FDA to Investigate Diabetes Drugs for Po

March 21 [Thu], 2013, 22:42
The U.S. Food and Drug Administration is investigating new unpublished research by a group of scientists that shows a possible link between a class of diabetes drugs known as incretin mimetics and an increased risk of developing pancreatitis or pre-cancerous cells. According to aon Thursday, the FDA intends to look at the research and the pancreatic samples used by the scientists in their study in order to "further investigate" the questions raised by the team's initial findings.

The FDA was quick to note in its statement that it "has not reached any conclusions" in regards to the research team's findings and that patients with diabetes should continue taking all their medications. Incretin mimetic drugs are manufactured by several different pharmaceutical companies in the U.S.

Here is some of the key information that emerged from the FDA's statement on Thursday and the research surrounding incretin mimetics.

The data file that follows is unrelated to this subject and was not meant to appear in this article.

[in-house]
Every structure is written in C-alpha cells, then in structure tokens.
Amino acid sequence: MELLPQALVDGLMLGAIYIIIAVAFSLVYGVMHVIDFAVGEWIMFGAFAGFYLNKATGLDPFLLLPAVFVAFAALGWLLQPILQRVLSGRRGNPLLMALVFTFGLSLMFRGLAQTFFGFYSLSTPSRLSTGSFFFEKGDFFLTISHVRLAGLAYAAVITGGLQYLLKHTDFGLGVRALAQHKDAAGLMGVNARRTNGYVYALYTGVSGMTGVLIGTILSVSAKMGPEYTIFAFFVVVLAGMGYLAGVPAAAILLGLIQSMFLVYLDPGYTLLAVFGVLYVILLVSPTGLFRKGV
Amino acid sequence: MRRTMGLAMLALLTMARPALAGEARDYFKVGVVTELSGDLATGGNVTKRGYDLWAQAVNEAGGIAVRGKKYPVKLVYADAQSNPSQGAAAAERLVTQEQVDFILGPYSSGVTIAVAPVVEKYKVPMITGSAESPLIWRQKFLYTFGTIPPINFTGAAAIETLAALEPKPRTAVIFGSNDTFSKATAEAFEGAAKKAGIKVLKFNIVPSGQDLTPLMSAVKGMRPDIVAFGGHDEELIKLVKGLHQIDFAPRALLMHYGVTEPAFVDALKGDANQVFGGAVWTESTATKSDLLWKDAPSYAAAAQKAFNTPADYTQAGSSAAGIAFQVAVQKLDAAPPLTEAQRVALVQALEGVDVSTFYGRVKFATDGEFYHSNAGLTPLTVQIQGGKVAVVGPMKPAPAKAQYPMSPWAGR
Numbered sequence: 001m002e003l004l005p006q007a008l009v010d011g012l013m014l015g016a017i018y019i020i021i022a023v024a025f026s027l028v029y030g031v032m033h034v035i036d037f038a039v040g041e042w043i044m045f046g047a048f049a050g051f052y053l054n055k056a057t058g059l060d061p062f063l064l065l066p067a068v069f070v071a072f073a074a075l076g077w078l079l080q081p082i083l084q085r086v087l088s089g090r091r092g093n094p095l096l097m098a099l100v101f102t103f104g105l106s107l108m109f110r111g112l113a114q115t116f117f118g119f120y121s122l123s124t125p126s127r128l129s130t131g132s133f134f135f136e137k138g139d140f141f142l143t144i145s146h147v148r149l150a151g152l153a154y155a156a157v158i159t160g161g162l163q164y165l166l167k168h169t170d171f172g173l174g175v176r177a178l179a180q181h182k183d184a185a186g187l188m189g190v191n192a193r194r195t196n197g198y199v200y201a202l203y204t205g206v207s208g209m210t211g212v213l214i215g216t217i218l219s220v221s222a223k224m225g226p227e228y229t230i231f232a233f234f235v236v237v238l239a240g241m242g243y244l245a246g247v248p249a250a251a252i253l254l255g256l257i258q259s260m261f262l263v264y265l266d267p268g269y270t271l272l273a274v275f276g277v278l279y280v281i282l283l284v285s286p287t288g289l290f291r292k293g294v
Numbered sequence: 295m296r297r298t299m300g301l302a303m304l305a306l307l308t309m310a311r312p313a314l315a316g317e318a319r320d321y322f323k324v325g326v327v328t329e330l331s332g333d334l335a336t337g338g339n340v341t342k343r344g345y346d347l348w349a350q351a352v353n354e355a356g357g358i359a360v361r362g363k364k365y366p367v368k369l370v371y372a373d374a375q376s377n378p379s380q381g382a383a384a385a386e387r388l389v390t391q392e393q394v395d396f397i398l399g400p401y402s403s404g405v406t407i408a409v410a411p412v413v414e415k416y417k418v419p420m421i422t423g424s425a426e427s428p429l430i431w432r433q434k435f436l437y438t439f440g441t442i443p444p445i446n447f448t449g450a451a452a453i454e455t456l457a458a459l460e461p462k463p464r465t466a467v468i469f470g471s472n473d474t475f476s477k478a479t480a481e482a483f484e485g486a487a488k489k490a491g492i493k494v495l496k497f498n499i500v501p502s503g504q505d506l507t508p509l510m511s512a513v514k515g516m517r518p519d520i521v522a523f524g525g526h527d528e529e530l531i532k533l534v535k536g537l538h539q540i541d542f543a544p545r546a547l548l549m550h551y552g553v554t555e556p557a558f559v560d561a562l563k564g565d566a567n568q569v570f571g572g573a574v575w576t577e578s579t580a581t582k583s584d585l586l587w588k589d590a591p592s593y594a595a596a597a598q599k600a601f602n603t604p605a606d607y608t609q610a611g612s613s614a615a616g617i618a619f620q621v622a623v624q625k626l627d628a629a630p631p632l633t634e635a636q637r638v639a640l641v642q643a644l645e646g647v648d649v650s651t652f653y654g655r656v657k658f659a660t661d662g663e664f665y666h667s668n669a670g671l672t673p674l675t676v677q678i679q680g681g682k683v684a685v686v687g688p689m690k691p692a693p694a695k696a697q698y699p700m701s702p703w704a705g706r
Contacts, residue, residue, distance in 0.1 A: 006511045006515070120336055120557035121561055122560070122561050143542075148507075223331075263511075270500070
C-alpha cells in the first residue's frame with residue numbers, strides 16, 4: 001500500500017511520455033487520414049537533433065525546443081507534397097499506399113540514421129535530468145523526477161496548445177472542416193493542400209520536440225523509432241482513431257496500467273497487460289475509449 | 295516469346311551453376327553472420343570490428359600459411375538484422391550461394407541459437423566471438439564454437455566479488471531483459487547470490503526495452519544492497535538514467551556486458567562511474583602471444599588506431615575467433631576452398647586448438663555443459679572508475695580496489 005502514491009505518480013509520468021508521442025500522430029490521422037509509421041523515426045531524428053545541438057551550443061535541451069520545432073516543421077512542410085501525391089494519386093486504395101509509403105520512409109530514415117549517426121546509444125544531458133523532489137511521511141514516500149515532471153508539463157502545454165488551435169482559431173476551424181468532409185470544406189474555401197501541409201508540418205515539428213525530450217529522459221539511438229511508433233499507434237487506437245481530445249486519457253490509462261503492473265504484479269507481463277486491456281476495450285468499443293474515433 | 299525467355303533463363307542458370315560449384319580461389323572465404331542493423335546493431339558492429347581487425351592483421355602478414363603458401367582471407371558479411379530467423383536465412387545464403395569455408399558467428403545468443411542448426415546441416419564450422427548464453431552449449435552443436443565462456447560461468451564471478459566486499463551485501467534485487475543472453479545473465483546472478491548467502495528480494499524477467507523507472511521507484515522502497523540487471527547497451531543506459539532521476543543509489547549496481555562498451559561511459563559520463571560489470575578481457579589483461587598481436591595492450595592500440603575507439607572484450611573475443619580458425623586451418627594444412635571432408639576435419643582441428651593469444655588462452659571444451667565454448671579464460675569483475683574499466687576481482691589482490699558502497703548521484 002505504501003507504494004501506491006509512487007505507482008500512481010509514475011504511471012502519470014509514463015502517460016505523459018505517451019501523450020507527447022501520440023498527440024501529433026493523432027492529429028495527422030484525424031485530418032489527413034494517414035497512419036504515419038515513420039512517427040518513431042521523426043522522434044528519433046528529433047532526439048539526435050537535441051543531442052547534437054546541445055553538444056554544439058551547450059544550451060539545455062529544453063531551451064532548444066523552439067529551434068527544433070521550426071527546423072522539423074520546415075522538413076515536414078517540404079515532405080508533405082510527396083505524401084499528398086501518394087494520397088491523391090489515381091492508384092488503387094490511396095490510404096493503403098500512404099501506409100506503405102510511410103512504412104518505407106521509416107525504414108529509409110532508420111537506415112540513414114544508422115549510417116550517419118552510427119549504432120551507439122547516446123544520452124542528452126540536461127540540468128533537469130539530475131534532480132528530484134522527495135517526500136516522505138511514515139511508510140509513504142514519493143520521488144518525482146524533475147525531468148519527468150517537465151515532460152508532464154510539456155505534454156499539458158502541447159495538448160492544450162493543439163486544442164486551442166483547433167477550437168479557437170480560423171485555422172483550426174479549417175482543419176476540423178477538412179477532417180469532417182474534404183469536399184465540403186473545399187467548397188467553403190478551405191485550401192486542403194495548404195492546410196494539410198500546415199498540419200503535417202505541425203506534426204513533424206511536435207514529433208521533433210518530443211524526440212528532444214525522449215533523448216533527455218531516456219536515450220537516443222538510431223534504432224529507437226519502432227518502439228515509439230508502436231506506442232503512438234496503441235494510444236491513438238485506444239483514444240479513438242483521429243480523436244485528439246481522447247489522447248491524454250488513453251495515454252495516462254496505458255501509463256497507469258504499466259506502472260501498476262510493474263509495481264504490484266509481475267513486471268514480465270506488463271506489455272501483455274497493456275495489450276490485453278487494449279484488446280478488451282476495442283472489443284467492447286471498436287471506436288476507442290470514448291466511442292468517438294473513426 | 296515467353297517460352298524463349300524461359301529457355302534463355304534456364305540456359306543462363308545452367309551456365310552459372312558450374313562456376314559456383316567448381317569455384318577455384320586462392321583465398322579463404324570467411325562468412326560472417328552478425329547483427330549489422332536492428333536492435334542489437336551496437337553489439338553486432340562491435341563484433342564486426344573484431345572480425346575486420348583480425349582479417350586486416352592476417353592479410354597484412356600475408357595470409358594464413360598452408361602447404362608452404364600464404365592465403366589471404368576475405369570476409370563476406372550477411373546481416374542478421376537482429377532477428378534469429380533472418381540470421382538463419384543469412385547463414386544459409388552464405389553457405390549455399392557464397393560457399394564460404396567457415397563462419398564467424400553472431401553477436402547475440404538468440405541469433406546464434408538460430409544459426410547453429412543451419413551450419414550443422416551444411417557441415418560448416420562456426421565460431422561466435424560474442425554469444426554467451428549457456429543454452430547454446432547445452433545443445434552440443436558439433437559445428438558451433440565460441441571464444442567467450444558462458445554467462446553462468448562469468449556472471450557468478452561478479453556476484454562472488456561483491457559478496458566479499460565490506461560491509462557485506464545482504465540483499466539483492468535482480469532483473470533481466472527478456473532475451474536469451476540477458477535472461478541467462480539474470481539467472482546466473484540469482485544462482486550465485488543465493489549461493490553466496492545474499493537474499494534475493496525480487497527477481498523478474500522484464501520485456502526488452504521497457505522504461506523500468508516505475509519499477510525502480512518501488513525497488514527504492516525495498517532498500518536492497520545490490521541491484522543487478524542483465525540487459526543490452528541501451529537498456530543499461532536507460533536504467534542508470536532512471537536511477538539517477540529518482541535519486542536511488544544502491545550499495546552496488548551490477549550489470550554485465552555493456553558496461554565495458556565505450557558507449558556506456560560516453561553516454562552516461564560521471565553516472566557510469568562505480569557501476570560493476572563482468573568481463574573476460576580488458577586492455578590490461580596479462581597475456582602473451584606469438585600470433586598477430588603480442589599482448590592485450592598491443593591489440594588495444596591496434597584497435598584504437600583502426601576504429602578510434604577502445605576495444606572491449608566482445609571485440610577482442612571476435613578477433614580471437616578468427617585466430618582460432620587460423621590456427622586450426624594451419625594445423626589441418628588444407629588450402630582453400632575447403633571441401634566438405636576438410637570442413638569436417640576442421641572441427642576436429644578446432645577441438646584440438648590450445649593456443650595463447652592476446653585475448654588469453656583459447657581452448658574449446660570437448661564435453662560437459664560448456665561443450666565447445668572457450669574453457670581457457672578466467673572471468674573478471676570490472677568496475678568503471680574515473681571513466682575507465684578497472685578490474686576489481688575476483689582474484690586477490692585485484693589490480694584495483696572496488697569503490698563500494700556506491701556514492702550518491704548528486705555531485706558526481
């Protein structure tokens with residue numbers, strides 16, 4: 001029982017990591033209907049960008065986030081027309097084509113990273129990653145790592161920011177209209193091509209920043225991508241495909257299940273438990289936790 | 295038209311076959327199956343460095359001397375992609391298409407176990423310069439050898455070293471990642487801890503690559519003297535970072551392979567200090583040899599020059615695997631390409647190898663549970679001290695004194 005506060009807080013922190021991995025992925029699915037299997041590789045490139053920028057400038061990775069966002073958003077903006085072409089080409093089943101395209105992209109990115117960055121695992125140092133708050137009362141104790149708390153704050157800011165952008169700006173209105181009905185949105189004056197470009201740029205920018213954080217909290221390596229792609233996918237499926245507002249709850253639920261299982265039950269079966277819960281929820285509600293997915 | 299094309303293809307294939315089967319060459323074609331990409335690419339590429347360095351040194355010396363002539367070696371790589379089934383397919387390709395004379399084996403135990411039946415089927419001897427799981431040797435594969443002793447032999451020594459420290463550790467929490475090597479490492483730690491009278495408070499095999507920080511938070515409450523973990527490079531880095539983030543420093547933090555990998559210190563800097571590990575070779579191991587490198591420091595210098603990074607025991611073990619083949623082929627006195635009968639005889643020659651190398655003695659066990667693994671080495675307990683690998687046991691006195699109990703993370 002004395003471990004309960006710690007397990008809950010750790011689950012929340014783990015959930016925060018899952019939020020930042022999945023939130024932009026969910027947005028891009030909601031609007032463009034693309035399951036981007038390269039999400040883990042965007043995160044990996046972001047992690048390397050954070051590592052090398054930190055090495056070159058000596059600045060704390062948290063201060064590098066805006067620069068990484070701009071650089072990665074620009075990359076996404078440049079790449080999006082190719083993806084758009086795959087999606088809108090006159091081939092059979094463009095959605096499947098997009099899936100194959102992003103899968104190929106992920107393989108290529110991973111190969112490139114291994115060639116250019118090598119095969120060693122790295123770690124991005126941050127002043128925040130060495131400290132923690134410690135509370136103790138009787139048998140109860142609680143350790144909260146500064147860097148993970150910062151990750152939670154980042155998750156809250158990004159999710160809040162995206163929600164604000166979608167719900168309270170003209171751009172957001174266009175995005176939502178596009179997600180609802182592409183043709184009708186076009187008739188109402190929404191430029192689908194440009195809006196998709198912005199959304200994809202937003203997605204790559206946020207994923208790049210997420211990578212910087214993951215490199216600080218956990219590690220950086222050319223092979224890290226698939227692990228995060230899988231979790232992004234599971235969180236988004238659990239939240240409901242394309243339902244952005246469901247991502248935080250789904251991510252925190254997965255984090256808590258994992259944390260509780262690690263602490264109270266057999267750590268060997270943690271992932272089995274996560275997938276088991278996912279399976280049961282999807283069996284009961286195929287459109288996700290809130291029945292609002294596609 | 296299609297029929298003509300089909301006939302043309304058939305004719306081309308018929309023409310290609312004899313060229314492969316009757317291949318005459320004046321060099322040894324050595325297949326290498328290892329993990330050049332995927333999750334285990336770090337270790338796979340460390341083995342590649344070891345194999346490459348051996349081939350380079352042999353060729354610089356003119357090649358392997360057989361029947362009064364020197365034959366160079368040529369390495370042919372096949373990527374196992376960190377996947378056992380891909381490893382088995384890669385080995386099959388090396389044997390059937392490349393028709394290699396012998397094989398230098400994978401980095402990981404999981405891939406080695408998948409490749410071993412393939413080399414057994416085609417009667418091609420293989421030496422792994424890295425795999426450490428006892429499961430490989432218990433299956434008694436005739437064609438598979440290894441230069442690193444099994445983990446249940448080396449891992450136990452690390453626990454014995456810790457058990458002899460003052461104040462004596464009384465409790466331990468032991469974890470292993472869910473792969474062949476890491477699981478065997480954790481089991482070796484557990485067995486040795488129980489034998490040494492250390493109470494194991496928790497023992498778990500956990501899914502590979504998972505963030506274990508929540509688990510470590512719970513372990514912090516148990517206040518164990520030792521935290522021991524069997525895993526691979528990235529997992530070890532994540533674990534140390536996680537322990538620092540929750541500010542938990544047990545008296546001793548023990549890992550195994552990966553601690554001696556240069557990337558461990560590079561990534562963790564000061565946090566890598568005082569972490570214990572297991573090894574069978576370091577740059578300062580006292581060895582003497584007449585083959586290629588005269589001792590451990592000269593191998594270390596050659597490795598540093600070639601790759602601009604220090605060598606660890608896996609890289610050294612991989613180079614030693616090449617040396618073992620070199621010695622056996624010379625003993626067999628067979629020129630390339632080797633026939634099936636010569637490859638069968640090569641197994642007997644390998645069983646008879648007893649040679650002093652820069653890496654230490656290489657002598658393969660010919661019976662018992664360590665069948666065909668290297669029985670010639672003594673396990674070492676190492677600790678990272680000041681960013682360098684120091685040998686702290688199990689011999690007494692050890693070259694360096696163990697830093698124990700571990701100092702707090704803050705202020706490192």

* Incretin mimetics are a particular class of diabetes drug that mimic hormones that are supposed to instruct the body to produce insulin in order to keep blood sugar levels even after a person eats a meal. They are used to treat people with type 2 diabetes.

* Incretin mimetics are marketed under several different brand names, including Byetta, Januvia, and Janumet, and Victoza. They are also marketed as Bydureon, Juvisync, Kazano, Kombiglyze XR, Nesina, Onglyza, and Tradjenta, and Oseni,

* Many of the big pharmaceutical companies, including Merck, Bristol-Myer Squibbs, and Novo Nordisk, manufacture one or more varieties of incretin mimetics.

*that the FDA has previously warned the public about an increased risk of developing pancreatitis that is associated with long-term usage of incretin mimetics, and the labels on Byetta, Januvia, and Janumet are all required to include such a warning as well. However, this is the first time that the FDA has announced that it is investigating the drugs for the possibility that they may influence a person's risk of developing pancreatic cancer.

* Some analysts are brushing off concerns that the FDA's investigation will cause any long-term damage to sales of the drugs, however. The Associated Press on Thursday quoted Citi Investment Research's Andrew Baum, who told the media that his firm believes that the FDA's concerns will cause "minimal impact," and that "the likely worst case for the market incumbents is that the FDA could add additional warnings about increased risk of pancreas-related adverse events."

Vanessa Evans is musician and freelance writer based in Michigan, with a lifelong interest in health and nutrition issues.